Introducing Anti-Vascular Endothelial Growth Factor Therapies for AMD Did Not Raise Risk of Myocardial Infarction, Stroke, and Death.

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PURPOSE: To assess the effect of availability of anti-vascular endothelial growth factor (VEGF) therapy on mortality and hospitalizations for acute myocardial infarction (AMI) and stroke over a 5-year follow-up period in United States Medicare beneficiaries newly diagnosed with exudative age-related macular degeneration (AMD) in 2006 compared with control groups consisting of beneficiaries (1) newly diagnosed with exudative AMD at a time when anti-VEGF therapy was not possible and (2) newly diagnosed with nonexudative AMD. DESIGN: Retrospective cohort study. PARTICIPANTS: Beneficiaries newly diagnosed with exudative and nonexudative AMD in 2000 and 2006 selected from a random longitudinal sample of Medicare 5% claims and enrollment files. METHODS: Beneficiaries with a first diagnosis of exudative AMD in 2006 were the treatment group; beneficiaries newly diagnosed with exudative AMD in 2000 or nonexudative AMD in 2000 or 2006 were control groups. To deal with potential selection bias, we designed an intent-to-treat study, which controlled for nonadherence to prescribed regimens. The treatment group consisted of patients with clinically appropriate characteristics to receive anti-VEGF injections given that the therapy is available, bypassing the need to monitor whether treatment was actually received. Control groups consisted of patients with clinically appropriate characteristics but first diagnosed at a time when the therapy was unavailable (2000) and similar patients but for whom the therapy was not clinically indicated (2000, 2006). We used a Cox proportional hazard model. MAIN OUTCOME MEASURES: All-cause mortality and hospitalization for AMI and stroke during follow-up. RESULTS: No statistically significant changes in probabilities of death and hospitalizations for AMI and stroke within a 5-year follow-up period were identified in exudative AMD beneficiaries newly diagnosed in 2006, the beginning of widespread anti-VEGF use, compared with 2000. As an alternative to our main analysis, which excluded beneficiaries from nonexudative AMD group who received anti-VEGF therapies during follow-up, we performed a sensitivity analysis with this group of individuals reincluded (11% of beneficiaries newly diagnosed with nonexudative AMD in 2006). Results were similar. CONCLUSIONS: Introduction of anti-VEGF agents in 2006 for treating exudative AMD has not posed a threat of increased risk of AMI, stroke, or all-cause mortality.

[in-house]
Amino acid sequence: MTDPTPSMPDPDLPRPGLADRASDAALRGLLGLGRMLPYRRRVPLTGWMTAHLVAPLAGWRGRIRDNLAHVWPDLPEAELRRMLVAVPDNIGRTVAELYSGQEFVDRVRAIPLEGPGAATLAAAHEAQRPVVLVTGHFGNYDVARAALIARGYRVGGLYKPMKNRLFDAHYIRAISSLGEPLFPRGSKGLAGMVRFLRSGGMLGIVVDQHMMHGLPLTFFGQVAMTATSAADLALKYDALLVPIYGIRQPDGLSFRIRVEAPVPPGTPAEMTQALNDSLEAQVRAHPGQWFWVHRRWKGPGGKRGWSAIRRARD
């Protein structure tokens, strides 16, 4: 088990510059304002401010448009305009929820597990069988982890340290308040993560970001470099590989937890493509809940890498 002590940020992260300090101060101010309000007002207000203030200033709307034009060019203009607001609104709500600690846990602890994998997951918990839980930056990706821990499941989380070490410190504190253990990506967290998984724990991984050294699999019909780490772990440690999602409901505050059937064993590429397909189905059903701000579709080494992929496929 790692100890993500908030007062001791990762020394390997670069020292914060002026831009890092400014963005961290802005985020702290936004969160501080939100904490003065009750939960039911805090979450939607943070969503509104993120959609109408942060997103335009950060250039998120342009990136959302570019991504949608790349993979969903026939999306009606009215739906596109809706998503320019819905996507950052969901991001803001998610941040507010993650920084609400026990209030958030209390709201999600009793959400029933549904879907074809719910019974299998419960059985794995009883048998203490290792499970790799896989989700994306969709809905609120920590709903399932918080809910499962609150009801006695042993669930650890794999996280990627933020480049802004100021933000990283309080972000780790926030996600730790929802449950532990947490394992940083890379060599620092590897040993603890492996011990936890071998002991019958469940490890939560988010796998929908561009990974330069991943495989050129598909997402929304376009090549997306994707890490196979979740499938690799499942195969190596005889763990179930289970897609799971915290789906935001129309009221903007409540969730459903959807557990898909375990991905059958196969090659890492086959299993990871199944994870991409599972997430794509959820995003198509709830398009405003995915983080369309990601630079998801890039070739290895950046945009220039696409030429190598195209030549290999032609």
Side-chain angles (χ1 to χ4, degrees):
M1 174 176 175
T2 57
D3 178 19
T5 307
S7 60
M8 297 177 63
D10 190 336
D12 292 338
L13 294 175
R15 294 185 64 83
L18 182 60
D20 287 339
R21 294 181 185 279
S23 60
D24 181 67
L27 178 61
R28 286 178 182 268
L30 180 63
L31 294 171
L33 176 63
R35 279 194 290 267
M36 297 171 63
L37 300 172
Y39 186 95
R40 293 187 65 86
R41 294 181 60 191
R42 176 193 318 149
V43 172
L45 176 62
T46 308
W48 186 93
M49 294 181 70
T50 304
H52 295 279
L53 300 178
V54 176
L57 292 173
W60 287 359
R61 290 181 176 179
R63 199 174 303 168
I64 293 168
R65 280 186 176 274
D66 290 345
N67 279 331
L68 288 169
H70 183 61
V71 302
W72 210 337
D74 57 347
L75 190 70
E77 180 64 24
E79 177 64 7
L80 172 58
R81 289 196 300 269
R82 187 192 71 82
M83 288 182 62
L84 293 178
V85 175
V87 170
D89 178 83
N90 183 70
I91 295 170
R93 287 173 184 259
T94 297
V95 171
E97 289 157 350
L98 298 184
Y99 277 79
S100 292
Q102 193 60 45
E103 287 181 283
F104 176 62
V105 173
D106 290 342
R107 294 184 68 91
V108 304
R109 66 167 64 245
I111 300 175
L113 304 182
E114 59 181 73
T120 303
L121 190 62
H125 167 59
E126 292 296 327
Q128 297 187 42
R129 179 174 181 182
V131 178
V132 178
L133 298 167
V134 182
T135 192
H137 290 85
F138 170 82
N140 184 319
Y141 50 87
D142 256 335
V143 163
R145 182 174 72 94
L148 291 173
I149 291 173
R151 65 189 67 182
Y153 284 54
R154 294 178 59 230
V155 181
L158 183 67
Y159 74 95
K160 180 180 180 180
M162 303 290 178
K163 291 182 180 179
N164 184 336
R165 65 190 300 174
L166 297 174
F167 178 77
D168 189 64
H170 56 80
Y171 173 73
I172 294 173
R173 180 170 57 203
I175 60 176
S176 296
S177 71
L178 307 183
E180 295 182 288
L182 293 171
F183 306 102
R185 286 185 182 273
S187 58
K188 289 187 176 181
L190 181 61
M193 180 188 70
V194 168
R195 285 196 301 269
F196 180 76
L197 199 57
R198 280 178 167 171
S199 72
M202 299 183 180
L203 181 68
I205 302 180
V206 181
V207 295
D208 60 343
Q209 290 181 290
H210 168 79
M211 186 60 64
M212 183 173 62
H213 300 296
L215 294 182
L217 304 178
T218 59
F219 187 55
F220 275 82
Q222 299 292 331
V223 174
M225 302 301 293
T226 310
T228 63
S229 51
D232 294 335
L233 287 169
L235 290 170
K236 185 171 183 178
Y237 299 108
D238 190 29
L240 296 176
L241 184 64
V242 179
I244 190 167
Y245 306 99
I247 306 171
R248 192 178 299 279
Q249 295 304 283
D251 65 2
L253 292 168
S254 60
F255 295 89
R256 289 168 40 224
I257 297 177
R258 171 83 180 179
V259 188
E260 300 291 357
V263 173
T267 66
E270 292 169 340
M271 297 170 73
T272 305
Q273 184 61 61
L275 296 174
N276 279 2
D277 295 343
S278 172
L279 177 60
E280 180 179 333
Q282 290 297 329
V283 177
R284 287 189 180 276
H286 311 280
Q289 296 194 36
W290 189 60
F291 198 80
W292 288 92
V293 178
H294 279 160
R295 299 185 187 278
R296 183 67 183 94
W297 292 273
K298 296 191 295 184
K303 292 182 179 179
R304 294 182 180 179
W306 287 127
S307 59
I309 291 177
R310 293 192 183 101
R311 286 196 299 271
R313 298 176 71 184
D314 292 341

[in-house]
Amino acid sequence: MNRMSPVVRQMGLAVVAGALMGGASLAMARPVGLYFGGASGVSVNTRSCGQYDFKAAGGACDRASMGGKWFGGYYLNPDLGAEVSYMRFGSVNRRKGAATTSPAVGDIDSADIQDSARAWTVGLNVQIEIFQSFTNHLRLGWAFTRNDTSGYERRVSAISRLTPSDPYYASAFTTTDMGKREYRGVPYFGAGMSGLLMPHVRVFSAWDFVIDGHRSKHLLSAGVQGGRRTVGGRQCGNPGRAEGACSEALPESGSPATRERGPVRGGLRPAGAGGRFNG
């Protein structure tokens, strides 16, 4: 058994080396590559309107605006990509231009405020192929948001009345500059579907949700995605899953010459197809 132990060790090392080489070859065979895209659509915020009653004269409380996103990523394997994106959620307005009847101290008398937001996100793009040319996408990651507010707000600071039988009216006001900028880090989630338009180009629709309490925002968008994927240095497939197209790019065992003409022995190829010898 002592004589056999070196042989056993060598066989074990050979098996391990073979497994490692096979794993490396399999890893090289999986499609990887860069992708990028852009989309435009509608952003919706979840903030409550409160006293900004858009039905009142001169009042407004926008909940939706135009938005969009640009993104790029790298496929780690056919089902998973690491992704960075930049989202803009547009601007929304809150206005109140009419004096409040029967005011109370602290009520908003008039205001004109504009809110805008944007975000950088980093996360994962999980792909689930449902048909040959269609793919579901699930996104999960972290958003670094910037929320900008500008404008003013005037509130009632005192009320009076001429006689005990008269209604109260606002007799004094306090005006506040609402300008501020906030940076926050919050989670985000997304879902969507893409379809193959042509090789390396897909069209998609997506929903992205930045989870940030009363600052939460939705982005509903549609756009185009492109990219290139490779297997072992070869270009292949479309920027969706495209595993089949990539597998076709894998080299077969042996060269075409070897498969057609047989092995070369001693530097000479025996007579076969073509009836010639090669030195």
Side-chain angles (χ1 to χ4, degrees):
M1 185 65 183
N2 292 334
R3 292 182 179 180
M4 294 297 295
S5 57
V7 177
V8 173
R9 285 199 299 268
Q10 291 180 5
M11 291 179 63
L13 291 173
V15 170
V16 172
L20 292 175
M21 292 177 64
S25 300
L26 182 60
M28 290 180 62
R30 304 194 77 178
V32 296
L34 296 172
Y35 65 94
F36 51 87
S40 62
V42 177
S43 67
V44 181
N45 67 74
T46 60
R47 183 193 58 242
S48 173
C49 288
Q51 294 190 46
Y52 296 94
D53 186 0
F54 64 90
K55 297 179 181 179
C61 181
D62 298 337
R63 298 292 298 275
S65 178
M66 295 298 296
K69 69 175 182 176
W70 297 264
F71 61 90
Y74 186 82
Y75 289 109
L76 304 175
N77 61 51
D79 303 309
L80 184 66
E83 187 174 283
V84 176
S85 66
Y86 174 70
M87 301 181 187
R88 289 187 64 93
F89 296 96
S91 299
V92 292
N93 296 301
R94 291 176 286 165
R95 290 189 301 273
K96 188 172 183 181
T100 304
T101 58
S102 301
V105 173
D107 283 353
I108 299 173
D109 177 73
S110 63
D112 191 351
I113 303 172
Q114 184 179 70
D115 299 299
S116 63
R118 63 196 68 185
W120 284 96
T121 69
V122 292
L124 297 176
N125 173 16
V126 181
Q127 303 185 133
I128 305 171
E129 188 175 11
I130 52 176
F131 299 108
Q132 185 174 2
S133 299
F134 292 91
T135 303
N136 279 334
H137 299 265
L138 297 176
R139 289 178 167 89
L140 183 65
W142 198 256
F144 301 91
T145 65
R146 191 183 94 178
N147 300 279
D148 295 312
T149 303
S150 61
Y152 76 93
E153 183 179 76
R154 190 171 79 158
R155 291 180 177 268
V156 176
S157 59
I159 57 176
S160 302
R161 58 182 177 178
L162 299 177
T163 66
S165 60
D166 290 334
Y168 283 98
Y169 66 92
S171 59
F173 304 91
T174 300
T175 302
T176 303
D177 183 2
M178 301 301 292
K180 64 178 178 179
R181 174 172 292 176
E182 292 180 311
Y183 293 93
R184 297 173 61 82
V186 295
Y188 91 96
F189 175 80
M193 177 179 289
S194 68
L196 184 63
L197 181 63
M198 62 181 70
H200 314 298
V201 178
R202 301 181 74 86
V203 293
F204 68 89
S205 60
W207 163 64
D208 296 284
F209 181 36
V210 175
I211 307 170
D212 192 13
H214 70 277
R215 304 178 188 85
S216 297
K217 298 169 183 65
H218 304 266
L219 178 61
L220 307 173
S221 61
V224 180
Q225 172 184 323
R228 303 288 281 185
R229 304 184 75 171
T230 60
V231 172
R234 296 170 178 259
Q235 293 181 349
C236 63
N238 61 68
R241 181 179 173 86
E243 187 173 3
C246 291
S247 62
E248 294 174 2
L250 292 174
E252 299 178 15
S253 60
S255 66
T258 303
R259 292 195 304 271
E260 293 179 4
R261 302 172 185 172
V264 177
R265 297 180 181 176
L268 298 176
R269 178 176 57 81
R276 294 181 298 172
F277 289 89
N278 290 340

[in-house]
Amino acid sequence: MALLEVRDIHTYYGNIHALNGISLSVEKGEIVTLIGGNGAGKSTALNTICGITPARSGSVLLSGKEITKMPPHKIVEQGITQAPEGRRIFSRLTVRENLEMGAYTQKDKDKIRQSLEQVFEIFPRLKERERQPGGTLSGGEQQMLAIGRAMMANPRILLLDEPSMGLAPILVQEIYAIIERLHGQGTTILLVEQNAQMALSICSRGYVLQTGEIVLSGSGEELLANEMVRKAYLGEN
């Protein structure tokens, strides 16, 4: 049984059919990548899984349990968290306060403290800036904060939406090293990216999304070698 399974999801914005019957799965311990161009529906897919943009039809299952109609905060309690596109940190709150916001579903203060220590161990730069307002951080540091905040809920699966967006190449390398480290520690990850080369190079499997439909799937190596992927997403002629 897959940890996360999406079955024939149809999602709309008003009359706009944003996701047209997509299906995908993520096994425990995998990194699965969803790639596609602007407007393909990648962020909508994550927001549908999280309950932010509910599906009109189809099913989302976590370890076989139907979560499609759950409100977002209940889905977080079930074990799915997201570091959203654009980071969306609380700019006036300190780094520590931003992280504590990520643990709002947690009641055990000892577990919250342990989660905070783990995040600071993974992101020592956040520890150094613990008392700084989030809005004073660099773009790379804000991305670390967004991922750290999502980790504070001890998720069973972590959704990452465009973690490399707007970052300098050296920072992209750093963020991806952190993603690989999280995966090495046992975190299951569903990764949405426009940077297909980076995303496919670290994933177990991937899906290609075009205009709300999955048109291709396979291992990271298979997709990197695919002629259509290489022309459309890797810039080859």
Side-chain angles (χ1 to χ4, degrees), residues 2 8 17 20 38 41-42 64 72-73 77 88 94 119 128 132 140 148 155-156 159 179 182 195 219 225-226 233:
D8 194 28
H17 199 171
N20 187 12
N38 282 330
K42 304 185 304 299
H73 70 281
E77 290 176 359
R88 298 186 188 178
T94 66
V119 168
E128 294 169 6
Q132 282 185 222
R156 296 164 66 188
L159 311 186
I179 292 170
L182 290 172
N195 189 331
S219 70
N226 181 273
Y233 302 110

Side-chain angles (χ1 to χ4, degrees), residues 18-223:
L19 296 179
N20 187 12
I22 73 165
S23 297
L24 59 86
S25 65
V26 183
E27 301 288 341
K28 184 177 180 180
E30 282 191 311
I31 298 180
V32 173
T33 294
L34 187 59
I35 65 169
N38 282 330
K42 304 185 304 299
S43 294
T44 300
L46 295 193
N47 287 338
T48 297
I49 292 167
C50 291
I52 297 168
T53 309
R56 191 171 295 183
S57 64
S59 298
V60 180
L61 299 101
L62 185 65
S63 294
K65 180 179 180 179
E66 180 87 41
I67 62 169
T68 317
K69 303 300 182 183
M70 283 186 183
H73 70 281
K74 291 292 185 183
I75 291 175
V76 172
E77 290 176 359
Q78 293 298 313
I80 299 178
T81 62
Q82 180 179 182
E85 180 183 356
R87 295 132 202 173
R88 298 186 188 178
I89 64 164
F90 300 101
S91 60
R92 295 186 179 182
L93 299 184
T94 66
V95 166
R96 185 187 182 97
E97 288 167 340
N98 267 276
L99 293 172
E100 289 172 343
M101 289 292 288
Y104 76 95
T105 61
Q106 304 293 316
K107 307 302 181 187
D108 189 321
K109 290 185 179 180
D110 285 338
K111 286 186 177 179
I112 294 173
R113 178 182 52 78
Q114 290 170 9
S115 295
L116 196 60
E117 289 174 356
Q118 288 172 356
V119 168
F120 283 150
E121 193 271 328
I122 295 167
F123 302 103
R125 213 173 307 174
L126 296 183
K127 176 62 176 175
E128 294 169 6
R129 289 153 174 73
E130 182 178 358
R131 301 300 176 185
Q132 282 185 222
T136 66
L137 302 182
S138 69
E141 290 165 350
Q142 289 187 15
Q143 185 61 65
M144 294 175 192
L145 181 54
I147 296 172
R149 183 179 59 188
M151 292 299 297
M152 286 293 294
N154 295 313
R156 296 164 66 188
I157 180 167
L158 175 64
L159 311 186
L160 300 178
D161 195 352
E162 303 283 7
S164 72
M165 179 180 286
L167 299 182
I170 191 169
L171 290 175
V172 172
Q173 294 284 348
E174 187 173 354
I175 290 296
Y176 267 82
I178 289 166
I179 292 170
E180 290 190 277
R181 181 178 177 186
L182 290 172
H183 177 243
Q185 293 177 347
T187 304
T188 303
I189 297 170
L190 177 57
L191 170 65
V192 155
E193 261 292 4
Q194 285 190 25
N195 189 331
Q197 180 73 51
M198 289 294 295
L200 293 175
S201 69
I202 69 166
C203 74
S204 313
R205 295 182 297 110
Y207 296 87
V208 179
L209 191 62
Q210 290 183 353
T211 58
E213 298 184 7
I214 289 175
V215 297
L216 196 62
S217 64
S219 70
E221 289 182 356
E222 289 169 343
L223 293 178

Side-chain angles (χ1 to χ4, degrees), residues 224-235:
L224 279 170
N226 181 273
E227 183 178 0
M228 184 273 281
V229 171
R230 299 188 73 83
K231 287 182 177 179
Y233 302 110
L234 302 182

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Yashkin, Arseniy P, Paul Hahn and Frank A Sloan (2016). Introducing Anti-Vascular Endothelial Growth Factor Therapies for AMD Did Not Raise Risk of Myocardial Infarction, Stroke, and Death. Ophthalmology, 123(10). pp. 2225–2231. 10.1016/j.ophtha.2016.06.053 Retrieved from

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Arseniy Yashkin

Research Scientist, Senior

I am primarily a health outcomes researcher who specializes in cancers and chronic age-related diseases, especially Alzheimer’s disease and type II diabetes mellitus.  However, I also write in epidemiology, demography, health economics and genetics.  I am a specialist in the analysis of administrative big health data.   My main contributions to scholarship can be summarized across three focus areas: health outcomes research, epidemiology and methodology, and health economics.  Some of my most important findings are described below.


Frank A. Sloan

J. Alexander McMahon Distinguished Professor Emeritus of Health Policy and Management

Professor Sloan is interested in studying the subjects of health policy and the economics of aging, hospitals, health, pharmaceuticals, and substance abuse. He has received funding from numerous research grants that he earned for studies of which he was the principal investigator. His most recent grants were awarded by the Robert Wood Johnson Foundation, the Center for Disease Control, the Pew Charitable Trust, and the National Institute on Aging. Titles of his projects include, “Why Mature Smokers Do Not Quit,” “Legal and Economic Vulnerabilities of the Master Settlement Agreement,” “Determinants and Cost of Alcohol Abuse Among the Elderly and Near-elderly,” and “Reinsurance Markets and Public Policy.” He received the Investigator Award for his work on the project, “Reoccurring Crises in Medical Malpractice.” Some of his earlier works include the studies entitled, “Policies to Attract Nurses to Underserved Areas,” “The Impact of National Economic Conditions on the Health Care of the Poor-Access,” and “Analysis of Physician Price and Output Decisions.” Professor Sloan’s latest research continues to investigate the trends and repercussions of medical malpractice, physician behavior, and hospital behavior.

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